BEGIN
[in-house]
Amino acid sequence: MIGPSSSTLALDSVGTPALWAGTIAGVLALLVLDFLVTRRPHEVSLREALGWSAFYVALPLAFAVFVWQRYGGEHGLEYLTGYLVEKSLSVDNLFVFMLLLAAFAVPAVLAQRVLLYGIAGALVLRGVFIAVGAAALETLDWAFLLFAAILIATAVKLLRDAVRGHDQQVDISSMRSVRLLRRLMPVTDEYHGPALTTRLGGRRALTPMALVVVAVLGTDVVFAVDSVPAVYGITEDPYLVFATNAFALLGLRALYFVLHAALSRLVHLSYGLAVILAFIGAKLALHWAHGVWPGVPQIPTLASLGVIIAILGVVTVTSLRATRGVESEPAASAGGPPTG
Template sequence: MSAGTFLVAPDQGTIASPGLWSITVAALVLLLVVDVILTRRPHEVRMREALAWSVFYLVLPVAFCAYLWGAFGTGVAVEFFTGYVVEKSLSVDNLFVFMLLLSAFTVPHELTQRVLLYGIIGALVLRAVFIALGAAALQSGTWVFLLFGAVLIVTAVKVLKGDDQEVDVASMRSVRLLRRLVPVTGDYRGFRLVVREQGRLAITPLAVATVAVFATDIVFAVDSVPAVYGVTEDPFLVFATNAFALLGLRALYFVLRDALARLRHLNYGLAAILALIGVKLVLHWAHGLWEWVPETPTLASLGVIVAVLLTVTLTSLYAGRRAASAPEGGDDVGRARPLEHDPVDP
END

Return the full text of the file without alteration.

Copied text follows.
[in-house]
Amino acid sequence: MIGPSSSTLALDSVGTPALWAGTIAGVLALLVLDFLVTRRPHEVSLREALGWSAFYVALPLAFAVFVWQRYGGEHGLEYLTGYLVEKSLSVDNLFVFMLLLAAFAVPAVLAQRVLLYGIAGALVLRGVFIAVGAAALETLDWAFLLFAAILIATAVKLLRDAVRGHDQQVDISSMRSVRLLRRLMPVTDEYHGPALTTRLGGRRALTPMALVVVAVLGTDVVFAVDSVPAVYGITEDPYLVFATNAFALLGLRALYFVLHAALSRLVHLSYGLAVILAFIGAKLALHWAHGVWPGVPQIPTLASLGVIIAILGVVTVTSLRATRGVESEPAASAGGPPTG
Template sequence: MSAGTFLVAPDQGTIASPGLWSITVAALVLLLVVDVILTRRPHEVRMREALAWSVFYLVLPVAFCAYLWGAFGTGVAVEFFTGYVVEKSLSVDNLFVFMLLLSAFTVPHELTQRVLLYGIIGALVLRAVFIALGAAALQSGTWVFLLFGAVLIVTAVKVLKGDDQEVDVASMRSVRLLRRLVPVTGDYRGFRLVVREQGRLAITPLAVATVAVFATDIVFAVDSVPAVYGVTEDPFLVFATNAFALLGLRALYFVLRDALARLRHLNYGLAAILALIGVKLVLHWAHGLWEWVPETPTLASLGVIVAVLLTVTLTSLYAGRRAASAPEGGDDVGRARPLEHDPVDP